For accurate calculations, convert (lat, lon, elevation) directly to earth-centered (x,y,z). (If you don't do this, you need to retain additional information about the local normal ["up"] directions in order to compute angles accurately at nonzero elevations.)
Given two points (x,y,z) and (x',y',z') in an earth-centered coordinate system, the vector from the first to the second is (dx,dy,dz) = (x'-x, y'-y, z'-z), whence the cosine of the angle made to the normal at (x,y,z) is the inner product of the unit length versions of those vectors:
Cos(elevation) = (x*dx + y*dy + z*dz) / Sqrt((x^2+y^2+z^2)*(dx^2+dy^2+dz^2))
Obtain its principal inverse cosine. Subtract this from 90 degrees if you want the angle of view relative to a nominal horizon. This is the "elevation."
A similar calculation obtains the local direction of view ("azimuth"). We need a level vector (u,v,w) that points due north. One such vector at the location (x,y,z) is (-z*x, -z*y, x^2+y^2). (The inner product of these two vectors is zero, proving it is level. Its projection onto the Equatorial plane is proportional to (-x,-y) which points directly inward, making it the projection of a north-pointing vector. These two calculations confirm that this is indeed the desired vector). Therefore
Cos(azimuth) = (-z*x*dx - z*y*dy + (x^2+y^2)*dz) / Sqrt((x^2+y^2)(x^2+y^2+z^2)(dx^2+dy^2+dz^2))
We also need the sine of the azimuth, which is similarly obtained once we know a vector pointing due East (locally). Such a vector is (-y, x, 0), because it clearly is perpendicular to (x,y,z) (the up direction) and the northern direction. Therefore
Sin(azimuth) = (-y*dx + x*dy) / Sqrt((x^2+y^2)(dx^2+dy^2+dz^2))
These values enable us to recover the azimuth as the inverse tangent of the cosine and sine.
A pilot in an airplane flying flying west at 4000 meters, located at (lat, lon) = (39, -75), sees a jet far ahead located at (39, -76) and flying at 12000 meters. What is are the angles of view (relative to the level direction at the pilot's location)?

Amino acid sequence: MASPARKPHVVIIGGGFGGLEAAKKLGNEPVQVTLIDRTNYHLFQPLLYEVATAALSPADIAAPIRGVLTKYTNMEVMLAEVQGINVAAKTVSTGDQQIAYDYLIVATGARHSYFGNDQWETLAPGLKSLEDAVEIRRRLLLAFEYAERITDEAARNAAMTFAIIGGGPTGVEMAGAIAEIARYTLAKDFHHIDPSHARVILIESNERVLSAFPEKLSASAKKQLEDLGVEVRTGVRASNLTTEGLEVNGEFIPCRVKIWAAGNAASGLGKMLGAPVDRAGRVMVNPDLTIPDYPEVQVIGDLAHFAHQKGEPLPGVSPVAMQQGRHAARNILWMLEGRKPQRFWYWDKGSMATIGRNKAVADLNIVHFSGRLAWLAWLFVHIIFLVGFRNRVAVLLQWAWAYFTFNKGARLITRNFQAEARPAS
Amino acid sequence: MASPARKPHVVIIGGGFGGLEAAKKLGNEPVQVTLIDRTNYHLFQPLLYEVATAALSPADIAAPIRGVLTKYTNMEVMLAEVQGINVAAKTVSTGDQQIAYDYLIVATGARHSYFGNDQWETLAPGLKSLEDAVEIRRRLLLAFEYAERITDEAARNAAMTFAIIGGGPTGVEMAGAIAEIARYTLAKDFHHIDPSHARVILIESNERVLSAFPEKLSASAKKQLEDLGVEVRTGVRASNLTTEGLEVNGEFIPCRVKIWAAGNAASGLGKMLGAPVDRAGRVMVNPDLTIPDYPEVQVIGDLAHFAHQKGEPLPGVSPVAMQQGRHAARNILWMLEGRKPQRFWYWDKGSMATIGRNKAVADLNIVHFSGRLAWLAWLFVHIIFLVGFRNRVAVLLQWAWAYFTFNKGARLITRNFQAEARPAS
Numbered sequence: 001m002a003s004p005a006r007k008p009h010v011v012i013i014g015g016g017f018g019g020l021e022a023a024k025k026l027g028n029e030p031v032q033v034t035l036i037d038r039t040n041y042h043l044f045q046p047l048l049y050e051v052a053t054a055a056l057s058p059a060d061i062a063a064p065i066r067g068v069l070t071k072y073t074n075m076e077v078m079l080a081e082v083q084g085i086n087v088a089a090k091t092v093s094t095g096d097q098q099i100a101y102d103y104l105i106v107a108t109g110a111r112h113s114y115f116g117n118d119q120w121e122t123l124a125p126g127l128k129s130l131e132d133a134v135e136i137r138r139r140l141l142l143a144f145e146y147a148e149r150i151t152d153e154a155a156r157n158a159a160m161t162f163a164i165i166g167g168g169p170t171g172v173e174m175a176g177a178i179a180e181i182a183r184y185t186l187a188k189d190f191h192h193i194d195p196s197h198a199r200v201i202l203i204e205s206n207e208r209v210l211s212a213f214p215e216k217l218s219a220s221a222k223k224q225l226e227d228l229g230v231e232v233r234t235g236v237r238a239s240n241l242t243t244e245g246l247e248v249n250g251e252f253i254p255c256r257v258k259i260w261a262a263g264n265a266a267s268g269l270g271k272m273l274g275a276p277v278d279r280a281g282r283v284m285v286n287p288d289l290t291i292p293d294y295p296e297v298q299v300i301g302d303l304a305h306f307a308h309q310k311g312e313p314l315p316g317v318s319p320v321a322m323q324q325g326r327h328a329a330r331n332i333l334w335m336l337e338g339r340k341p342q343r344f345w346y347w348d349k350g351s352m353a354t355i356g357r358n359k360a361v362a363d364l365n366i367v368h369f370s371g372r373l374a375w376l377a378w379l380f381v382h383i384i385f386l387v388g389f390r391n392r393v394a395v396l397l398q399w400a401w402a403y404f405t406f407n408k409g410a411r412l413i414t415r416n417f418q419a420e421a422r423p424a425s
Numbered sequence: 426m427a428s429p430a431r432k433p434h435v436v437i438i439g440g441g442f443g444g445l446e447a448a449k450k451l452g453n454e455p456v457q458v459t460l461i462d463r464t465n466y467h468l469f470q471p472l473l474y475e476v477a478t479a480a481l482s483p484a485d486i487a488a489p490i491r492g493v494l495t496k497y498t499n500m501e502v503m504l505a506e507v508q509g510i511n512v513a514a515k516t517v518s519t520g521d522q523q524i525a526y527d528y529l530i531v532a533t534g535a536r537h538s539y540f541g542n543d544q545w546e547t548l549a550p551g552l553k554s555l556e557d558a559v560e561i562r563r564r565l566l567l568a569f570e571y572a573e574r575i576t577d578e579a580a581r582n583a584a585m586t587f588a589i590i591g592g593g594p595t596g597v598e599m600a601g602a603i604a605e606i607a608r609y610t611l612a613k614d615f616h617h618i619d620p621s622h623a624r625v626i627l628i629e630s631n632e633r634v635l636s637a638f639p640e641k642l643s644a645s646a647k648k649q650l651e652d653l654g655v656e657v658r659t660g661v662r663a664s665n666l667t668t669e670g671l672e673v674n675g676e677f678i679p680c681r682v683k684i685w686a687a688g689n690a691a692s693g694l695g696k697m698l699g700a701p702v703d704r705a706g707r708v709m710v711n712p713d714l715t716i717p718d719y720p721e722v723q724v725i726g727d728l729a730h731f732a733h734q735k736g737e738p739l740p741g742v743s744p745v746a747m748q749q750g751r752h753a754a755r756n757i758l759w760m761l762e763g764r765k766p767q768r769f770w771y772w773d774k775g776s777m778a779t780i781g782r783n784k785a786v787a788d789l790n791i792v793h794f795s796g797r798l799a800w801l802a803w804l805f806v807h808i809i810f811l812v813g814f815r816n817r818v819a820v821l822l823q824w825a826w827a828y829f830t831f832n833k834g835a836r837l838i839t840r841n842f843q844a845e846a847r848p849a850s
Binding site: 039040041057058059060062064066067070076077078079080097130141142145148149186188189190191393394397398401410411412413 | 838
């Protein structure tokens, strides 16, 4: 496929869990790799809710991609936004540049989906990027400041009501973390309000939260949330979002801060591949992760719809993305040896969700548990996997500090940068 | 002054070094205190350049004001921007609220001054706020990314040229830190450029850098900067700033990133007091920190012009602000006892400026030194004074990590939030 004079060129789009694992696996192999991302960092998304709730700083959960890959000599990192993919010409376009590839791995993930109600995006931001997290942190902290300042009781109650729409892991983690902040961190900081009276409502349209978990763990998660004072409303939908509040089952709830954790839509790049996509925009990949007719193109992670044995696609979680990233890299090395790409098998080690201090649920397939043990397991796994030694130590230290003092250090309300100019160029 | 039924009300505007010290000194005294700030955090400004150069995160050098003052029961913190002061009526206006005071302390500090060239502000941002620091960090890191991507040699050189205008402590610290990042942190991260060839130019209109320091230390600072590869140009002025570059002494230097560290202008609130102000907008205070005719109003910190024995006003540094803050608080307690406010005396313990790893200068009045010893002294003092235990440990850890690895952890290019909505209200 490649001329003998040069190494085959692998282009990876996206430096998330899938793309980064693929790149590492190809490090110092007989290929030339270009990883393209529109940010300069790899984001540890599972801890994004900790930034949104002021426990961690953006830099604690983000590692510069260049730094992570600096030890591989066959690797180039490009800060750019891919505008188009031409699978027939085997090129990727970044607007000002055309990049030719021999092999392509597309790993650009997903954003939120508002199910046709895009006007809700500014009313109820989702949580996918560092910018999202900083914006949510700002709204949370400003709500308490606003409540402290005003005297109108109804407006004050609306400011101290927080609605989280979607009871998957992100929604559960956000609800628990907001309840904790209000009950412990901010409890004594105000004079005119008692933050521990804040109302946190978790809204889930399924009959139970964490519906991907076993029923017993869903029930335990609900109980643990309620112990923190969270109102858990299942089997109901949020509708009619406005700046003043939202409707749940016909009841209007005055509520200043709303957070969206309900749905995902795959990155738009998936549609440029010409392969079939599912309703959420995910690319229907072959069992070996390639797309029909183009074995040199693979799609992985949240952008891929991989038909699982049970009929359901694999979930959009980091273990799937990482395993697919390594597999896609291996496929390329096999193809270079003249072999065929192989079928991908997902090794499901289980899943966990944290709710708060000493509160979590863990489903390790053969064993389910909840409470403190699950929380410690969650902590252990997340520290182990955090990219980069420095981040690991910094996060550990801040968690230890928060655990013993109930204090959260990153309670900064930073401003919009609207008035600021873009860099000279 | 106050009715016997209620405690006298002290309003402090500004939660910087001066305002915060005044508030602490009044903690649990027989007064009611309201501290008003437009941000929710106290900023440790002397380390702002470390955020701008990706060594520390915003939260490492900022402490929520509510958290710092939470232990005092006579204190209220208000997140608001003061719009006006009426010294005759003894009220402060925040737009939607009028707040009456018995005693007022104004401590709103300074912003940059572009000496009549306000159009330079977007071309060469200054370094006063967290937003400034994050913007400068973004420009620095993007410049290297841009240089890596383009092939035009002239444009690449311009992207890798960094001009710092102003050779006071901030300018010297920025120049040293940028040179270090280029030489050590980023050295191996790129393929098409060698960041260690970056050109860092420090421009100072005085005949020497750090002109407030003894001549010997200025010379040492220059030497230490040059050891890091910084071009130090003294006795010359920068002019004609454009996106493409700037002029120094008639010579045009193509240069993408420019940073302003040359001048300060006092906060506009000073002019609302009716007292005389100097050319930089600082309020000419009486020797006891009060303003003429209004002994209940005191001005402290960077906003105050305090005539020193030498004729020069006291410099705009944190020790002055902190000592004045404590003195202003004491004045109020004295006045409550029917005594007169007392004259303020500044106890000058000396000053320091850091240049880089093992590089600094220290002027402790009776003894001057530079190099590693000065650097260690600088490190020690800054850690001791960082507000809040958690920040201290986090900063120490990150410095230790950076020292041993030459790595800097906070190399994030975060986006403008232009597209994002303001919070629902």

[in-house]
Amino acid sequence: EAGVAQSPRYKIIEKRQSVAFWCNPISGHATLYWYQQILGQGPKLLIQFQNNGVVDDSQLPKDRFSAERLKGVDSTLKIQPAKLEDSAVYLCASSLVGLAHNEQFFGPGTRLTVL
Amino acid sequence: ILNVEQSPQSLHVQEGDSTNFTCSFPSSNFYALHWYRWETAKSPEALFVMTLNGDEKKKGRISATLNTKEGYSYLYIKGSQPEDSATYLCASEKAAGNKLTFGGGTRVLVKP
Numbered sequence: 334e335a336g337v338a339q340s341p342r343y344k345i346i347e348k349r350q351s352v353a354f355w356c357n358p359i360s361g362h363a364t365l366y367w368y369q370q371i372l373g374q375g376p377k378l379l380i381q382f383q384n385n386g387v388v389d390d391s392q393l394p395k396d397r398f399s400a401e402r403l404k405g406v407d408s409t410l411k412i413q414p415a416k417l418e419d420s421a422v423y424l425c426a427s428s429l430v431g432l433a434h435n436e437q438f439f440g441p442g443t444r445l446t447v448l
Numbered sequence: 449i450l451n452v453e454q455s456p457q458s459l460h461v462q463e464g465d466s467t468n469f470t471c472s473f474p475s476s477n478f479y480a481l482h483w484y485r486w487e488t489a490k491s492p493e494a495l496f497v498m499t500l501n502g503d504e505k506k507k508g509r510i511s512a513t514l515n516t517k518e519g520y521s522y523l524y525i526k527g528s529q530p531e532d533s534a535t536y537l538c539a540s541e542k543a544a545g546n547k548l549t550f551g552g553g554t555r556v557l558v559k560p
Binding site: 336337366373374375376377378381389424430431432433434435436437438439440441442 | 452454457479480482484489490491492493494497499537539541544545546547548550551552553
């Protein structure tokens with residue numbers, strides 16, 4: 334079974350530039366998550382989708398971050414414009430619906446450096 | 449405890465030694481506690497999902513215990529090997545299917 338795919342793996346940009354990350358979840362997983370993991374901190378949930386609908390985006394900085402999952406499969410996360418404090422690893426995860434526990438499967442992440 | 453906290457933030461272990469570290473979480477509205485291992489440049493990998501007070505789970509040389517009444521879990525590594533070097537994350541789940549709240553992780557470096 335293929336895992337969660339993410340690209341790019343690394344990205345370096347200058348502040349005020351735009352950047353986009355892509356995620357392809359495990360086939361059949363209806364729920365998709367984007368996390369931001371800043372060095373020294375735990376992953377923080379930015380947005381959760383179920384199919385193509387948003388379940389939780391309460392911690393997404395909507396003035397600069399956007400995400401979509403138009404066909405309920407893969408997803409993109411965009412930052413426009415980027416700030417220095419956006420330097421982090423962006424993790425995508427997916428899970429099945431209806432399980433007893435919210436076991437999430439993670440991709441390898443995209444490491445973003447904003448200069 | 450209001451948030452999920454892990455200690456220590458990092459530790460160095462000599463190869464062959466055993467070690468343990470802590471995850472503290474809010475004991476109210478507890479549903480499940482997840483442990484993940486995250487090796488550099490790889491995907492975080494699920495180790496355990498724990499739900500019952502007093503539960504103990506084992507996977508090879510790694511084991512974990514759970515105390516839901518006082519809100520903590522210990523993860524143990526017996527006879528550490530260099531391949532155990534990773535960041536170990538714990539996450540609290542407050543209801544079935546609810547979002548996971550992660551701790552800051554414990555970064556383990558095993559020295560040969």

The XYZ coordinates of the airplanes are (x,y,z) = (1285410, -4797210, 3994830) and (x',y',z') = (1202990, -4824940, 3999870), respectively (in the ITRF00 datum, which uses the GRS80 ellipsoid). The pilot's view vector therefore is (dx,dy,dz) = (-82404.5, -27735.3, 5034.56). Applying the formula gives the cosine of the view angle as 0.0850706. Its inverse cosine is 85.1199 degrees, whence the elevation is 4.88009 degrees: the pilot is looking up by that much.
A north-pointing level vector is (-5.13499, 19.1641, 24.6655) (times 10^12) and an east-pointing level vector is (4.79721, 1.28541, 0) (times 10^6). Therefore, applying the last two formulas, the cosine of the azimuth equals 0.00575112 and its sine equals -0.996358. The ArcTangent function tells us the angle for the direction (0.00575112, -0.996358) is 270.331 degrees: almost due west. (It's not exactly west because the two planes lie on the same circle of latitude, which is curving toward the North pole: see Why is the 'straight line' path across continent so curved? for an extended explanation.)
By the way, this example confirms we got the orientation correct for the azimuth calculation: although it was clear the east-pointing vector was orthogonal to the other two vectors, until now it was not plain that it truly points east and not west.